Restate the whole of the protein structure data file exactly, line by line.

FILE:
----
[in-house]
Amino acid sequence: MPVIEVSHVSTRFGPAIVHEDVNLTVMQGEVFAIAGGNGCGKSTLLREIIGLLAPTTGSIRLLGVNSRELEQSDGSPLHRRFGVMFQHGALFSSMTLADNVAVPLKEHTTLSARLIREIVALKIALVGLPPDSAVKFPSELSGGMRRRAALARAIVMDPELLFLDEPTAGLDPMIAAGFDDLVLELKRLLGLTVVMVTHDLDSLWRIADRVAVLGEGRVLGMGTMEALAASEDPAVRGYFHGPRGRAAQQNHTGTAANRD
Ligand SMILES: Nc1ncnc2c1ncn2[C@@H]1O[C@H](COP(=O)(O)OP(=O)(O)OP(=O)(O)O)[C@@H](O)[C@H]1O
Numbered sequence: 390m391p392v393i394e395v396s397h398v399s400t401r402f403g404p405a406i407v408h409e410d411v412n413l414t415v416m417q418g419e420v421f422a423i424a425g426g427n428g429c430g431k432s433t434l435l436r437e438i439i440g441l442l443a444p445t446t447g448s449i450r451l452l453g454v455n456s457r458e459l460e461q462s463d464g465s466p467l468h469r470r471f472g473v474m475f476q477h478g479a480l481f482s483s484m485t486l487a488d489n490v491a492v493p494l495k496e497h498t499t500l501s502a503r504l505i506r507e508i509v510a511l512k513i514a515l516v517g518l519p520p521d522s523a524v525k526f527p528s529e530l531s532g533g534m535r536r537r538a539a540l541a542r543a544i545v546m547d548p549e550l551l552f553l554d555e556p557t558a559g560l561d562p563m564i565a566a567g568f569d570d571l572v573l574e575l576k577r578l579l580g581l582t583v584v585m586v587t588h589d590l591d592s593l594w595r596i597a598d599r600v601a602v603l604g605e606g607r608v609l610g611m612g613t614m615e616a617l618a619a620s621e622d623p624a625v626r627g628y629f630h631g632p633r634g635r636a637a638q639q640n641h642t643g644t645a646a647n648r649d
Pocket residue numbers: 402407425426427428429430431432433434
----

[in-house]
Amino acid sequence: MPVIEVSHVSTRFGPAIVHEDVNLTVMQGEVFAIAGGNGCGKSTLLREIIGLLAPTTGSIRLLGVNSRELEQSDGSPLHRRFGVMFQHGALFSSMTLADNVAVPLKEHTTLSARLIREIVALKIALVGLPPDSAVKFPSELSGGMRRRAALARAIVMDPELLFLDEPTAGLDPMIAAGFDDLVLELKRLLGLTVVMVTHDLDSLWRIADRVAVLGEGRVLGMGTMEALAASEDPAVRGYFHGPRGRAAQQNHTGTAANRD
Ligand SMILES: Nc1ncnc2c1ncn2[C@@H]1O[C@H](COP(=O)(O)OP(=O)(O)OP(=O)(O)O)[C@@H](O)[C@H]1O
Numbered sequence: 390m391p392v393i394e395v396s397h398v399s400t401r402f403g404p405a406i407v408h409e410d411v412n413l414t415v416m417q418g419e420v421f422a423i424a425g426g427n428g429c430g431k432s433t434l435l436r437e438i439i440g441l442l443a444p445t446t447g448s449i450r451l452l453g454v455n456s457r458e459l460e461q462s463d464g465s466p467l468h469r470r471f472g473v474m475f476q477h478g479a480l481f482s483s484m485t486l487a488d489n490v491a492v493p494l495k496e497h498t499t500l501s502a503r504l505i506r507e508i509v510a511l512k513i514a515l516v517g518l519p520p521d522s523a524v525k526f527p528s529e530l531s532g533g534m535r536r537r538a539a540l541a542r543a544i545v546m547d548p549e550l551l552f553l554d555e556p557t558a559g560l561d562p563m564i565a566a567g568f569d570d571l572v573l574e575l576k577r578l579l580g581l582t583v584v585m586v587t588h589d590l591d592s593l594w595r596i597a598d599r600v601a602v603l604g605e606g607r608v609l610g611m612g613t614m615e616a617l618a619a620s621e622d623p624a625v626r627g628y629f630h631g632p633r634g635r636a637a638q639q640n641h642t643g644t645a646a647n648r649d
Pocket residue numbers: 402407425426427428429430431432433434